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Those Struggling with Obesity, Weight Loss Surgeries are an Option in the New Year - Archived


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Barbara Mackovic, Senior Manager, Media Relations                                                      502.587.4230 or 502.641.5461                                          
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For Those Struggling with Obesity, Weight Loss Surgeries are an Option in the New Year
Thirty-five percent of Kentuckians are obese, a condition that carries many health risks

Bardstown, Ky. (Jan. 12, 2017) – With the new year here, many people are eager to turn over a new leaf for 2017. Kentucky has the fifth-highest obesity rate in the country, with nearly 35 percent of Kentucky adults considered obese. For many who are battling the health risks that accompany obesity – such as diabetes, heart disease and high blood pressure – weight loss is often a priority.
This January, KentuckyOne Health is working to educate Kentuckians on the dangers of obesity, and the surgical options available to those who have been unsuccessful at losing weight through lifestyle changes alone.
Obesity is the second leading cause of death in the United States, just behind smoking,” said Dr. Robert Farrell, KentuckyOne Health Weight Loss and Surgery Associates in Bardstown. “The impact of obesity-related conditions, like diabetes and heart disease, truly is staggering. We want to educate people about the bariatric surgeries that may help when other options, like diet and exercise alone, have failed.”
In order to qualify for most weight loss surgery options, patients must meet particular obesity requirements based upon body mass index, or BMI. If a person’s weight in kilograms, divided by the square of height in meters, is 30 or higher, it falls within the obese range. Those with lower BMIs may fall into the overweight category, normal category, or underweight category and may not qualify for bariatric surgeries.
Bariatric surgery encompasses a family of weight loss procedures that physically restrict the amount of food a person can consume. Many bariatric surgery options exist for patients today. Gastric bypass, gastric sleeve and gastric banding procedures are common surgical options. Choosing the best procedure for each patient depends upon multiple factors, such as existing medical conditions, medications needed, past surgical procedures, eating behaviors, rate of weight loss desired, activity level or limitations.
Gastric Bypass
Gastric bypass surgery is a restrictive procedure and leads to rapid weight loss. It has led to impressive results in type 2 diabetics, even reversing the disease for many. In gastric bypass surgery, the stomach is made smaller by stapling it into a smaller upper section (where the food will go). This small pouch ends up being about the size of an egg. Using a laparoscope, the surgeon connects part of the small intestine to a hole in this pouch, allowing the food to travel from the pouch into the small intestine.
Because of the re-routing, the surgery restricts the amount of food a person can consume, but it also reduces the absorption of nutrients and calories.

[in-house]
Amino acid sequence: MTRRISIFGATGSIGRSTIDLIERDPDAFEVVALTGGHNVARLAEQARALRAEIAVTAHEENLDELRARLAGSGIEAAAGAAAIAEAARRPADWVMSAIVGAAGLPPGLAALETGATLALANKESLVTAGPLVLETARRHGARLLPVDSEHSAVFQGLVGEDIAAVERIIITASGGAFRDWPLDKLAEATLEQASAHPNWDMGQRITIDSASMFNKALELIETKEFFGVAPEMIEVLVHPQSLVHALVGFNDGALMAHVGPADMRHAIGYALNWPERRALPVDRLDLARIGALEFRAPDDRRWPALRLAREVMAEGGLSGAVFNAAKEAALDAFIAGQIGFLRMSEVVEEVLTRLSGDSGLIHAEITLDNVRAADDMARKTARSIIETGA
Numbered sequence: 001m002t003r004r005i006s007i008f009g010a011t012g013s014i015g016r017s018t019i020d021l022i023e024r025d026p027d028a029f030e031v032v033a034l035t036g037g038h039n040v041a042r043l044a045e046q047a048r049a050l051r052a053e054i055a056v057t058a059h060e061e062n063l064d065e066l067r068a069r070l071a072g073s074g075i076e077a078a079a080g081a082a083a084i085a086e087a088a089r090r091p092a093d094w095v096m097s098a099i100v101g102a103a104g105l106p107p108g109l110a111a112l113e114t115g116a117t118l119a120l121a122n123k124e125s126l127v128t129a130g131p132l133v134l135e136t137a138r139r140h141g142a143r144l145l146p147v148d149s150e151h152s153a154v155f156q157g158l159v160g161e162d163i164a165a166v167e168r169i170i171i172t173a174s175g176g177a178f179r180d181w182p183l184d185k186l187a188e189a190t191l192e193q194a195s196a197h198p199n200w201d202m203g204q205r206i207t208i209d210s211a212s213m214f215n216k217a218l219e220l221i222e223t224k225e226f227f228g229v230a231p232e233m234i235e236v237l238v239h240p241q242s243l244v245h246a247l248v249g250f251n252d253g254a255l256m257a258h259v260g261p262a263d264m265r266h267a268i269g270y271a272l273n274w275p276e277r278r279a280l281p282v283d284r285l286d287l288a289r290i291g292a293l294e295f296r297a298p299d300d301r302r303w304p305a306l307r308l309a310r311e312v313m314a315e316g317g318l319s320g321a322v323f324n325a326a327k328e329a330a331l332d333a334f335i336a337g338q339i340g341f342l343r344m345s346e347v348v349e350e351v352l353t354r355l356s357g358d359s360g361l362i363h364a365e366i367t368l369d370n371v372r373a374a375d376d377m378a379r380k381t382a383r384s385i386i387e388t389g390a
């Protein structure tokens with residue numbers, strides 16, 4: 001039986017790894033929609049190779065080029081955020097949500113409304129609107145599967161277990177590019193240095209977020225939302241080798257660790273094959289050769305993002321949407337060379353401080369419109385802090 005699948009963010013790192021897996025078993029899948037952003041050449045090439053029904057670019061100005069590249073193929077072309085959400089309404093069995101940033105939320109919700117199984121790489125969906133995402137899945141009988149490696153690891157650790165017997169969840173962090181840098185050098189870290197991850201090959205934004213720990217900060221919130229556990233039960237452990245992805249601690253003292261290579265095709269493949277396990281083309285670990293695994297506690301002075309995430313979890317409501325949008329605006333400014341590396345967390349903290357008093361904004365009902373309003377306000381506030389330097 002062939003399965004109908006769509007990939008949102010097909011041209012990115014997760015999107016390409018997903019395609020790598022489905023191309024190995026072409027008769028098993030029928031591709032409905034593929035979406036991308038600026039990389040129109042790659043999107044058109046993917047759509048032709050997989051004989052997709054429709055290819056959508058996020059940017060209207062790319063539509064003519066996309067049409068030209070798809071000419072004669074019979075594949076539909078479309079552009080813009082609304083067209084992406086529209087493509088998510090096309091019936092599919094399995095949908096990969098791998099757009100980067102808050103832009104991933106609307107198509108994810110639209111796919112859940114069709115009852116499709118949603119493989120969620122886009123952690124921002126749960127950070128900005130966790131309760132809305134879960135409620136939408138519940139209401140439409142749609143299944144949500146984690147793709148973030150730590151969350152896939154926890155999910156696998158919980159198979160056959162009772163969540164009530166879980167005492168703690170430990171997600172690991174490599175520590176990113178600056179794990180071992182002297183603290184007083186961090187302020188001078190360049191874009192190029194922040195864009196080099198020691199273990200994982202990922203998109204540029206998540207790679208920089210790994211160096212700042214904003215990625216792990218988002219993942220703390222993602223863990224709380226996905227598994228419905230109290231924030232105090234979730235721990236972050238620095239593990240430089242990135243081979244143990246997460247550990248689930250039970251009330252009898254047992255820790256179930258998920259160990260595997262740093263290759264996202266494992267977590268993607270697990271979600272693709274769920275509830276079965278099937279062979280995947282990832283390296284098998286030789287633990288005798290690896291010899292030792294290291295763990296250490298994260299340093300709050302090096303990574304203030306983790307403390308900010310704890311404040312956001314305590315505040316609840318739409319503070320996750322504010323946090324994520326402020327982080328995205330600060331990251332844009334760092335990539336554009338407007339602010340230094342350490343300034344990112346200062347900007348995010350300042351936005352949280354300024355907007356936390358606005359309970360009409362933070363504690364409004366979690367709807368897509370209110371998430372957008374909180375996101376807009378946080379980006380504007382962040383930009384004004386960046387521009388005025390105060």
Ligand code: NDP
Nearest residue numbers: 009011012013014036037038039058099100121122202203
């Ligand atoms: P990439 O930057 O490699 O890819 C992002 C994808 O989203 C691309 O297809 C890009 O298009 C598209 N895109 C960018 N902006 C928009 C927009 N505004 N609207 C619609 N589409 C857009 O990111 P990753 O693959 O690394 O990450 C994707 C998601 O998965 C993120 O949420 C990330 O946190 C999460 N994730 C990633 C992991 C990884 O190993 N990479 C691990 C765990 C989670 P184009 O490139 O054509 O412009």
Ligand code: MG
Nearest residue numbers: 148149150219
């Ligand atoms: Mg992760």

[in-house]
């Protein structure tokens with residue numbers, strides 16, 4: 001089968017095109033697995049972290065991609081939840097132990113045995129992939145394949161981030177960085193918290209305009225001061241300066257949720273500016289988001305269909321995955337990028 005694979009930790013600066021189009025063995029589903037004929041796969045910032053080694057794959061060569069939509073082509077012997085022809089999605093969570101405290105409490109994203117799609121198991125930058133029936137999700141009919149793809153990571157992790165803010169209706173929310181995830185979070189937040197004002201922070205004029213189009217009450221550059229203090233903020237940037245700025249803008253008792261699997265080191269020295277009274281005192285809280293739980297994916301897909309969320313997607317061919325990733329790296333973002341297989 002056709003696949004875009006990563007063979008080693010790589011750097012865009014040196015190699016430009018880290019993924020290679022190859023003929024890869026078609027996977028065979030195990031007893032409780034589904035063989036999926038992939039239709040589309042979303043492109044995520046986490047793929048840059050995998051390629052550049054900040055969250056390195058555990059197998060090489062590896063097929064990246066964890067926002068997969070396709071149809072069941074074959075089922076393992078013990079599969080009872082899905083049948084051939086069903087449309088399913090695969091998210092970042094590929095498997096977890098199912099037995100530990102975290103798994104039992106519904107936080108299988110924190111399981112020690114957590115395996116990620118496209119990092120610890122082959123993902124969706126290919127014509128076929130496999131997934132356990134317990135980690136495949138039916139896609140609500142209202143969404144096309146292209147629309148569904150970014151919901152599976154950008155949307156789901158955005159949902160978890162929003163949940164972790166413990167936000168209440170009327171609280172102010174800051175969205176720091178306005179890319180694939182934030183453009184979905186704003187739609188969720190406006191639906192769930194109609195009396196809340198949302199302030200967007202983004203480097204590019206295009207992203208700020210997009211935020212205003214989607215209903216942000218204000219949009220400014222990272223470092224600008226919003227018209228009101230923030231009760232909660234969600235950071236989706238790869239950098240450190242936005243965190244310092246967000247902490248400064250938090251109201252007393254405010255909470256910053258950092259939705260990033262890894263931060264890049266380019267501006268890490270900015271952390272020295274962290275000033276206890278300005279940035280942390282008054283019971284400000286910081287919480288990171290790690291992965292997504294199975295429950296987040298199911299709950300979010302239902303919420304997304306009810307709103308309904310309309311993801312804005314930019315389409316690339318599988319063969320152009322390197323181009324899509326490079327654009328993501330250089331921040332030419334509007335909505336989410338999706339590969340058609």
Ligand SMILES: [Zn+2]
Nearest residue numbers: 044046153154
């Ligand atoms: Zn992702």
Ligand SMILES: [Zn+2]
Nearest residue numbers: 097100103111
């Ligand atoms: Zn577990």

Gastric Sleeve
The gastric sleeve has recently become the most popular bariatric surgery.  In a gastric sleeve procedure, 80 percent of the stomach is removed, but there is no re-routing of the intestinal track. In this case, the remaining stomach is a tubular pouch that resembles a banana. Food consumption is restricted.
Gastric Banding
Gastric banding is a restrictive laparoscopic procedure in which an expandable band is placed around the top of the stomach so that food is passed at a slower rate. The band size can be adjusted for each patient, and no part of the stomach is removed.
Gastric band procedure is an outpatient surgery. A gastric band patient can usually return to work within one to two weeks. For those undergoing a gastric bypass or sleeve procedure, recovery time is about two to six weeks.
“All of these weight loss surgeries or procedures are simply tools in the bigger picture of overall lifestyle changes,” said Dr. Farrell.  “Patients who undergo weight loss surgery must work hard both before and after surgery. They need to educate themselves, undergo pre-operative screenings, and implement healthy lifestyle changes post-surgery. Patients should examine their goals and talk with their doctor about which procedure might be right for them.”
To learn more about bariatric surgery options, visit or call 502.350.5492.
About KentuckyOne Health                                                                                     
 KentuckyOne Health, the largest and most comprehensive health system in the Commonwealth, has more than 200 locations, including hospitals, physician groups, clinics, primary care centers, specialty institutes and home health agencies in Kentucky and southern Indiana. KentuckyOne Health is dedicated to bringing wellness, healing and hope to all, including the underserved.  The system is made up of the former Jewish Hospital & St. Mary’s HealthCare and Saint Joseph Health System, along with the University of Louisville Hospital and James Graham Brown Cancer Center. KentuckyOne Health is proud of and strengthened by its Catholic, Jewish and academic heritages.

Publish date: 

Thursday, January 12, 2017